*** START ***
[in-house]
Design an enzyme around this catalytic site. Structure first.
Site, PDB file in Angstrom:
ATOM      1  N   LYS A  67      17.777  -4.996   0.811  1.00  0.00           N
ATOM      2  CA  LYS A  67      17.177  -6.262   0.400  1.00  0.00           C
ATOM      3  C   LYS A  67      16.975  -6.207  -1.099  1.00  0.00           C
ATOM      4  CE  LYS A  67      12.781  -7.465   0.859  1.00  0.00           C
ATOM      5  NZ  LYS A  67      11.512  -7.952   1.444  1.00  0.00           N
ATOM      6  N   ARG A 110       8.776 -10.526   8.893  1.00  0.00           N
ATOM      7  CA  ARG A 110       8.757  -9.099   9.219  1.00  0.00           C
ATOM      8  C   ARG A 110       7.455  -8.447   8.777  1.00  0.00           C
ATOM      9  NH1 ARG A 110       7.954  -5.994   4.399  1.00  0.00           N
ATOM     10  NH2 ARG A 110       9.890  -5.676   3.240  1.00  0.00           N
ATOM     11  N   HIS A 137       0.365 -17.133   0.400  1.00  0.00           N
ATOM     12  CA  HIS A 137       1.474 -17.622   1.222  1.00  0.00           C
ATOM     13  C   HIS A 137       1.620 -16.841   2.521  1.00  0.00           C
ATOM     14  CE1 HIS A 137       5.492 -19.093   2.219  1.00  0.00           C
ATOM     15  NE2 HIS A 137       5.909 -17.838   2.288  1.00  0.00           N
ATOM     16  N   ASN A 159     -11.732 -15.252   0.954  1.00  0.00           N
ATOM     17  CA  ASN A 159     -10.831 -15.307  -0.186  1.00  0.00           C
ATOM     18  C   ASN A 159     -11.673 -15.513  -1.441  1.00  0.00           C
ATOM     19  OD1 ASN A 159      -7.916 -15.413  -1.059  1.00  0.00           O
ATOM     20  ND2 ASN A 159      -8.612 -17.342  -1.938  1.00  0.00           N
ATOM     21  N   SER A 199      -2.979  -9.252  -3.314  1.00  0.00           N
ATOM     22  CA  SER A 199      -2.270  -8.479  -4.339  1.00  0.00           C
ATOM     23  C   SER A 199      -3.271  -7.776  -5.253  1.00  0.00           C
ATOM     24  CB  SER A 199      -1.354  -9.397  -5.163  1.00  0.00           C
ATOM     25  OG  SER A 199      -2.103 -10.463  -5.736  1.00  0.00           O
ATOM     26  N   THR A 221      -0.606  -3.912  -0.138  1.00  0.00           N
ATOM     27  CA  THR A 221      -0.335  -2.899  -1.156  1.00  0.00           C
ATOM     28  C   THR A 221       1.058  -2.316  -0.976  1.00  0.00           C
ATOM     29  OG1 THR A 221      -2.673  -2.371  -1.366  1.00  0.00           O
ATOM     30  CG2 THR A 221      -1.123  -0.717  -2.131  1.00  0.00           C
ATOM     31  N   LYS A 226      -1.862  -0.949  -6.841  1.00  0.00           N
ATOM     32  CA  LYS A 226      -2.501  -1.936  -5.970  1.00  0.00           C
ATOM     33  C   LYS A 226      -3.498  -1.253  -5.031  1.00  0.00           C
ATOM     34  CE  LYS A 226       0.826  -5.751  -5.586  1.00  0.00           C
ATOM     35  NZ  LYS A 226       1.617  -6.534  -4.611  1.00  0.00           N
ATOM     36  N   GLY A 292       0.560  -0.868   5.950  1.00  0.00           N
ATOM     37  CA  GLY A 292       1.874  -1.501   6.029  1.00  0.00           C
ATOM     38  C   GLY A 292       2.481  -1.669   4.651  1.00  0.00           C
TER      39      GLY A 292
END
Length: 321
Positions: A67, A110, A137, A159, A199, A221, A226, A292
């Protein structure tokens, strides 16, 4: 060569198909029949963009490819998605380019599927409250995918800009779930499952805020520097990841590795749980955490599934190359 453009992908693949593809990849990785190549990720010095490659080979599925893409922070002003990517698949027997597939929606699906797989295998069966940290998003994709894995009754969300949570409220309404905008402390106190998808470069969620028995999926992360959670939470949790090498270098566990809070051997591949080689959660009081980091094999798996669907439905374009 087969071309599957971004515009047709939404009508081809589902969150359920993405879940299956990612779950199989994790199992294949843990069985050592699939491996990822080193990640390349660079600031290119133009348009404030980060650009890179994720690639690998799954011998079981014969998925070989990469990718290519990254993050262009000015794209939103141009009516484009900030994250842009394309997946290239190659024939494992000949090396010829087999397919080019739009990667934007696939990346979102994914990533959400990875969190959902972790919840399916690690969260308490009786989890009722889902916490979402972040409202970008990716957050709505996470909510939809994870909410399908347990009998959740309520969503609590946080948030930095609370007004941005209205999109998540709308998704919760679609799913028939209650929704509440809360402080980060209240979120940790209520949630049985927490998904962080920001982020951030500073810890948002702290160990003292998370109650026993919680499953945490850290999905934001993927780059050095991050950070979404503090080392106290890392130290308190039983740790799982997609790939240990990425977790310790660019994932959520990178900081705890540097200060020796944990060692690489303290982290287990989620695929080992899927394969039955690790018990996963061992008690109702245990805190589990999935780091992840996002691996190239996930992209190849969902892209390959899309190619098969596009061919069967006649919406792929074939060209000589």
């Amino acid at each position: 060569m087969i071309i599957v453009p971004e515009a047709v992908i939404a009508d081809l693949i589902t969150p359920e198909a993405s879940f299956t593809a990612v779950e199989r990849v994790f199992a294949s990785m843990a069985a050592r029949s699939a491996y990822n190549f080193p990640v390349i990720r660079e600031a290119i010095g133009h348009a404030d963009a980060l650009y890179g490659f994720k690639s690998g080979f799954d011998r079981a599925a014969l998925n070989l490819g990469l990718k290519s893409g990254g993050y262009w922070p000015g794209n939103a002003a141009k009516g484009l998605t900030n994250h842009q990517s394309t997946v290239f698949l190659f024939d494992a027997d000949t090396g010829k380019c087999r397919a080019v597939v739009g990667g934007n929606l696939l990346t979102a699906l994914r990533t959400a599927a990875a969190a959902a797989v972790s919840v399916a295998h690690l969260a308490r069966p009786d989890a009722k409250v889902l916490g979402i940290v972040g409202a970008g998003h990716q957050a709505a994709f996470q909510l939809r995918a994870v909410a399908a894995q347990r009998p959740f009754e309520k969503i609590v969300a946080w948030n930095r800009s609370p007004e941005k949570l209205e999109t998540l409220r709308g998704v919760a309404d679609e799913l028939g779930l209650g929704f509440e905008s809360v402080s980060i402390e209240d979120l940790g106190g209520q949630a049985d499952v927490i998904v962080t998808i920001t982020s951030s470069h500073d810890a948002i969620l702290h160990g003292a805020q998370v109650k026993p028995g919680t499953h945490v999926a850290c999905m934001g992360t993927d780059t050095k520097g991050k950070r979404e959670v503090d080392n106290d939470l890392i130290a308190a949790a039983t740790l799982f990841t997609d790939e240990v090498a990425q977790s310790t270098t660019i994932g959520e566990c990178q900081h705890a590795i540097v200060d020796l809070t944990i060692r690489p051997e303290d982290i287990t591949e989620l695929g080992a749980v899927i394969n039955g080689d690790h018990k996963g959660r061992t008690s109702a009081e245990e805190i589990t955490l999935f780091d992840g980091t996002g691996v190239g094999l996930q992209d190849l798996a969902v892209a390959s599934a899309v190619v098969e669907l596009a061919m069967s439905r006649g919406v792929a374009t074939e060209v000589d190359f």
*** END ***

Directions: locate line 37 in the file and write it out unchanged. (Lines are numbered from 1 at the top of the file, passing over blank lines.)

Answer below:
ATOM     34  CE  LYS A 226       0.826  -5.751  -5.586  1.00  0.00           C